You don’t read much about it in the standard-issue history books, but the first Memorial Day service in America took place in Hampton Park. Yes, that’s OUR Hampton Park, right here in Charleston. That historic moment will be celebrated at 3:00 p.m., May 31, at the bandstand in Hampton Park, with Mayor Joe Riley, Massachusetts 54th Regiment reenactors, a brass band, and children’s choir. A plaque will be installed to commermorate this occasion.

Parking will be available and park staff will direct you to the overflow parking area. You enter the park off Rutledge Avenue, on Cleveland Street, in the area of the Citadel.

The First Memorial Day in America took place only three weeks after the end of the Civil War at Appomattox. Confederate Memorial Day and Decoration Day followed in other parts of the country, but this event in Charleston was the first. Ten thousand people participated, in an era without telephones and email.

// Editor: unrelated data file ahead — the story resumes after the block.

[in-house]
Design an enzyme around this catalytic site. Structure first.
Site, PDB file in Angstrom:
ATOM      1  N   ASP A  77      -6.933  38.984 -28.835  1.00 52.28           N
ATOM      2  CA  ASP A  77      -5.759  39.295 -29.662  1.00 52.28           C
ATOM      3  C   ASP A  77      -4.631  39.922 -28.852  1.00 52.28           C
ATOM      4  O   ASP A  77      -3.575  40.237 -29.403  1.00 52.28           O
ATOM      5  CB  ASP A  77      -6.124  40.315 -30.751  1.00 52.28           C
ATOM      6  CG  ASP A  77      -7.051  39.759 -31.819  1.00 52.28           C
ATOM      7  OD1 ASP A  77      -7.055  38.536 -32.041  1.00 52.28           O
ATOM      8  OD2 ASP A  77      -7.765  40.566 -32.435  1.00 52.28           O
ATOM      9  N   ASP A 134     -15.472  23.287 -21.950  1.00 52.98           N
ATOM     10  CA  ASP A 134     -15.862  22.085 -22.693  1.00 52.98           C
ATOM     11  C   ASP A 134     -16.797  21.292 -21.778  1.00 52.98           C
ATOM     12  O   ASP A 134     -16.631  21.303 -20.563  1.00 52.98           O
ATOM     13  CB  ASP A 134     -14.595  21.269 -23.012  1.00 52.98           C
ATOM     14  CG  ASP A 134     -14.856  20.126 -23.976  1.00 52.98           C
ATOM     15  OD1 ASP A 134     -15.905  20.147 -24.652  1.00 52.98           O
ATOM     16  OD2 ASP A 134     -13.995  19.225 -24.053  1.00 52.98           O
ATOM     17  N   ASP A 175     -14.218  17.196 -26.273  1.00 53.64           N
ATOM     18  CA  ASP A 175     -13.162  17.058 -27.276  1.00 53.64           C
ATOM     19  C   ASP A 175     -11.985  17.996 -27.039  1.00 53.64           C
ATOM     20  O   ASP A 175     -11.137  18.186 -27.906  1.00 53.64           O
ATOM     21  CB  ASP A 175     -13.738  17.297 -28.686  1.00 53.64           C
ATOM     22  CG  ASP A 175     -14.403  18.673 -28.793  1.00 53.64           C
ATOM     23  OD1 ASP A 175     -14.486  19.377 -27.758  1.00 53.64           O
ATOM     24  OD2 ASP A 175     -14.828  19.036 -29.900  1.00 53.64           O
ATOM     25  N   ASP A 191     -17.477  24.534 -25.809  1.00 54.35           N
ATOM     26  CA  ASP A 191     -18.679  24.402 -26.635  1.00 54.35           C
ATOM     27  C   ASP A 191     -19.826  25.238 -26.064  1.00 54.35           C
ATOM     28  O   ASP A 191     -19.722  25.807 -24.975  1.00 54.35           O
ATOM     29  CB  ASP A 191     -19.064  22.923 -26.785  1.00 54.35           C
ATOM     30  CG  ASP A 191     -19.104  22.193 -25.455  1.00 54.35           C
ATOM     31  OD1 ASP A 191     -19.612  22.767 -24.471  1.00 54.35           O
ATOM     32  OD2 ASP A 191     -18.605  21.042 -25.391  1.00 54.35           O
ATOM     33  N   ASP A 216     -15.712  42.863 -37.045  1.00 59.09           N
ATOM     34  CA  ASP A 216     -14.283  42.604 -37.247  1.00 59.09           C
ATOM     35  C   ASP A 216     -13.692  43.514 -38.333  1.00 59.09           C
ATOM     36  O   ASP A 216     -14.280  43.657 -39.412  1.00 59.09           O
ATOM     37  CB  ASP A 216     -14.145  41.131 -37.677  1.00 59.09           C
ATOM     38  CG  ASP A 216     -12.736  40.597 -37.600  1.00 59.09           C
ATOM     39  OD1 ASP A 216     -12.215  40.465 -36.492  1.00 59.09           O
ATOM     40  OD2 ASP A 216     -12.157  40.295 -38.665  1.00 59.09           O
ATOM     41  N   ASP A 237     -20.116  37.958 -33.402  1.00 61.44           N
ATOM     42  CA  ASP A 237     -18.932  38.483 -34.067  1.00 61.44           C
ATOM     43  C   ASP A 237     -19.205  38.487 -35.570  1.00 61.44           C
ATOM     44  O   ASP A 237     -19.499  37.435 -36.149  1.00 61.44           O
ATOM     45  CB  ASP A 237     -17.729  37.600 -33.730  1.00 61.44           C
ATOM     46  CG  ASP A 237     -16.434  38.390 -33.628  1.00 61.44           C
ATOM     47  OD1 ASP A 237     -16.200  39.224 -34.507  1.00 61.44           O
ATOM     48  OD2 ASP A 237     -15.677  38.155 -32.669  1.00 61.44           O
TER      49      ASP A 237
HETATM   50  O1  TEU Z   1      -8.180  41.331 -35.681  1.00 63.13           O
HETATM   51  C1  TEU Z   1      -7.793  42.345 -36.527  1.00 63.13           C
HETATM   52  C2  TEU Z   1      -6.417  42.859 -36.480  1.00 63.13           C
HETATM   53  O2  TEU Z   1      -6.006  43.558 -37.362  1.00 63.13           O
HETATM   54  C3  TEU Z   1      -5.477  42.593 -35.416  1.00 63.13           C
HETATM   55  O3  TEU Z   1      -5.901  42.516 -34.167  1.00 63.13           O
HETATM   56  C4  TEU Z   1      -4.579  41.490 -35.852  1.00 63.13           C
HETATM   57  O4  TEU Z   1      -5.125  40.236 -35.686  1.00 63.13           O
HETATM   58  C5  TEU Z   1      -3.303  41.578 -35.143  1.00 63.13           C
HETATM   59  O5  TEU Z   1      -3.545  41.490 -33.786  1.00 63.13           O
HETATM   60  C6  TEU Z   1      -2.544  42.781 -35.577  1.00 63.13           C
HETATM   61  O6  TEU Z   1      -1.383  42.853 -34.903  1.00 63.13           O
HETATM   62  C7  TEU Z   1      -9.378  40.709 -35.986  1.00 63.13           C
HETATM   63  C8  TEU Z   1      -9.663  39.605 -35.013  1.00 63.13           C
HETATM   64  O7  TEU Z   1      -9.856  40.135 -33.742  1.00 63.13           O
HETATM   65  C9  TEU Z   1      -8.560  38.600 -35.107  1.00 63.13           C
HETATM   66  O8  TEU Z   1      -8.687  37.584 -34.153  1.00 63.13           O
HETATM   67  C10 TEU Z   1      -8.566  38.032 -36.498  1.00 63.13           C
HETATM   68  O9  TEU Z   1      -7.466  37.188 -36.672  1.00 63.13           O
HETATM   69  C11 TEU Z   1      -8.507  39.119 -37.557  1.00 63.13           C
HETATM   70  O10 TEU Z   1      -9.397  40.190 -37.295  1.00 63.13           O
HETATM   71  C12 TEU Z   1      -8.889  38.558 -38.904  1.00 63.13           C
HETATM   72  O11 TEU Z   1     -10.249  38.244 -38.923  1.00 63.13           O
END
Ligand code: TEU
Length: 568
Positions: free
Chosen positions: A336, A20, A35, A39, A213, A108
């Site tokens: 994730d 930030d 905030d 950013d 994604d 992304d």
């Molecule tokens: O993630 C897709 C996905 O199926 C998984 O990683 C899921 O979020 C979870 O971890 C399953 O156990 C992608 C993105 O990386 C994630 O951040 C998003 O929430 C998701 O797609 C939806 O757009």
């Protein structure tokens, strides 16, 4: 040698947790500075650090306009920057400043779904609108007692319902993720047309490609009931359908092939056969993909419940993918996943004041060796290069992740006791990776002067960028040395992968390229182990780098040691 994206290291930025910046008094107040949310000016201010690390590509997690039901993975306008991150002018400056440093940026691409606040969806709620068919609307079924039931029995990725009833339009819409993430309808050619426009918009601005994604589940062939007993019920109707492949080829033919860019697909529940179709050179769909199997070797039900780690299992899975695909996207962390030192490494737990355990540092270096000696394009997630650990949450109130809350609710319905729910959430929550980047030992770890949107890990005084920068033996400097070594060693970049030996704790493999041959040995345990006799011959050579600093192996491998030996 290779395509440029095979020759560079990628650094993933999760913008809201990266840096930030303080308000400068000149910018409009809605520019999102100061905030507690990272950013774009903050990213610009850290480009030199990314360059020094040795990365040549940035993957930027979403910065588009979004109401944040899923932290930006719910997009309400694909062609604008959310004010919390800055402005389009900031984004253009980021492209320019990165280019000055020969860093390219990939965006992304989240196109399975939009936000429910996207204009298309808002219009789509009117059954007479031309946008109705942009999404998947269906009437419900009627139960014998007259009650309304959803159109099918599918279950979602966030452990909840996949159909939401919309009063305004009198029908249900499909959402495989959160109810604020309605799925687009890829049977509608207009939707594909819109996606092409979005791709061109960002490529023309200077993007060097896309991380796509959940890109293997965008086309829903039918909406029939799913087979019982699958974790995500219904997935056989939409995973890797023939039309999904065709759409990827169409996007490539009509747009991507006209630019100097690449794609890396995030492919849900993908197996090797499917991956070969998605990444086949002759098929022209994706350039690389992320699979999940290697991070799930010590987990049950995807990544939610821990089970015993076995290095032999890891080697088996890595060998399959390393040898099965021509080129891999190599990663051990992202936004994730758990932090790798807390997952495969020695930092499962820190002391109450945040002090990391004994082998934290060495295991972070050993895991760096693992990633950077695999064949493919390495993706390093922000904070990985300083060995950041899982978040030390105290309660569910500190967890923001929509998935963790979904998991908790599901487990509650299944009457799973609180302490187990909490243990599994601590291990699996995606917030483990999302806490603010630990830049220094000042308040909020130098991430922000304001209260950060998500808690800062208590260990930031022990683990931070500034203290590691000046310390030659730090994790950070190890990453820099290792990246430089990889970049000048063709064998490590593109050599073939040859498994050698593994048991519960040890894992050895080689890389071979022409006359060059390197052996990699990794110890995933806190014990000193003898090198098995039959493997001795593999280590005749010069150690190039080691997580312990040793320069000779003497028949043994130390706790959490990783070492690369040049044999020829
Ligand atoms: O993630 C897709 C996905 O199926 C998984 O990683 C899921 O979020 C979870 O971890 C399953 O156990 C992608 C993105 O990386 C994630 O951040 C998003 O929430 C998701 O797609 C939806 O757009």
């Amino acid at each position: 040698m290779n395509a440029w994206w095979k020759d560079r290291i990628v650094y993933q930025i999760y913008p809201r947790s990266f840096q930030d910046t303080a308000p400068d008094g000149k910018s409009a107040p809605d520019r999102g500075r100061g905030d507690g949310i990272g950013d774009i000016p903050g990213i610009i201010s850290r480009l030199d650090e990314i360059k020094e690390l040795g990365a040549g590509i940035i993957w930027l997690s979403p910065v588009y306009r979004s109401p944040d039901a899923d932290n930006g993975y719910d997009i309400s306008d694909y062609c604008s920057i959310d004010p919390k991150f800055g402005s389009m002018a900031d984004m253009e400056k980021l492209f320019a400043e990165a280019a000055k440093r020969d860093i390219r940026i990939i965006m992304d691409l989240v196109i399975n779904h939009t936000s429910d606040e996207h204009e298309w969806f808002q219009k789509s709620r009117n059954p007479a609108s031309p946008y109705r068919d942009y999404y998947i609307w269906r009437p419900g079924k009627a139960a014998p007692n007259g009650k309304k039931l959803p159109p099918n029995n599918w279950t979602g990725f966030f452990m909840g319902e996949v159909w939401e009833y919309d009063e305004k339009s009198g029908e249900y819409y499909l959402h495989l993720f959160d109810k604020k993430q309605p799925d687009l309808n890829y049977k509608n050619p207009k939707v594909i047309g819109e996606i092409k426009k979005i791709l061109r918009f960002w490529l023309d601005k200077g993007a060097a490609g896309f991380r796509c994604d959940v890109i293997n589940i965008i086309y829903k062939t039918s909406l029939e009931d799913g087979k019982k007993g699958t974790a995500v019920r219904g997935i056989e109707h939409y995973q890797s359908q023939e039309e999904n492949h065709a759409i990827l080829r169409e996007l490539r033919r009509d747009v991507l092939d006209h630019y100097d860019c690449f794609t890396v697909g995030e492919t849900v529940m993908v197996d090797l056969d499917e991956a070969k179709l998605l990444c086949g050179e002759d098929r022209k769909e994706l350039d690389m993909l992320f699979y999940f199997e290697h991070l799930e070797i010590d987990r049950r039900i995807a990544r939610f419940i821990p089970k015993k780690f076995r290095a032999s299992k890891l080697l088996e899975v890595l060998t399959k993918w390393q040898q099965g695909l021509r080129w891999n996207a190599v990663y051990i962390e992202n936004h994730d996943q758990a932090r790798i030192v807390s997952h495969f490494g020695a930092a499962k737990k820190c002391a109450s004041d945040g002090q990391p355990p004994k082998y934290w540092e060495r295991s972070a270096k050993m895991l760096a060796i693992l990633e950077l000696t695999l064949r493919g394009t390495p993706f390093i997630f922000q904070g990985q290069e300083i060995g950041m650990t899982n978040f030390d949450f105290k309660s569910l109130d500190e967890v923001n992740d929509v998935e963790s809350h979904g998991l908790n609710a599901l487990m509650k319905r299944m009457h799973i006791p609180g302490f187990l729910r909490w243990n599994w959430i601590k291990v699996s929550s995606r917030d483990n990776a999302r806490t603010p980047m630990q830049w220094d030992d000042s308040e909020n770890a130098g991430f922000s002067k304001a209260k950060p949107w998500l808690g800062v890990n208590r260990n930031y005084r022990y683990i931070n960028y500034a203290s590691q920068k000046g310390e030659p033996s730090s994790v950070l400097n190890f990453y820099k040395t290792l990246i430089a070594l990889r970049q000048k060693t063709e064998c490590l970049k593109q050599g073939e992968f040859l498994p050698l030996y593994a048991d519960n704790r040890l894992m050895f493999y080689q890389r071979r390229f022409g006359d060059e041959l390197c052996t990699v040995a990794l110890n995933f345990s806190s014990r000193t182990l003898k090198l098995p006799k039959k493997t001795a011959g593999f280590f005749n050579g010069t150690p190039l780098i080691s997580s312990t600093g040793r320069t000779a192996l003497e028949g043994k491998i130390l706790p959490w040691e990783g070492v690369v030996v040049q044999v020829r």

In what is now Hampton Park, there was a graveyard of over 250 Union soldiers who died between the fall of 1864 and mid-February 1865, in a Confederate prison located in the center of a famous race track. The soldiers who died there were originally buried in common, unmarked graves. Between the end of the war and May 1, several African American churches and others re-interred those bodies in a small picket-fenced cemetery named the Graveyard of the Martyrs. Later, these soldiers were buried in national cemeteries at Beaufort or Florence or buried in their home communities.

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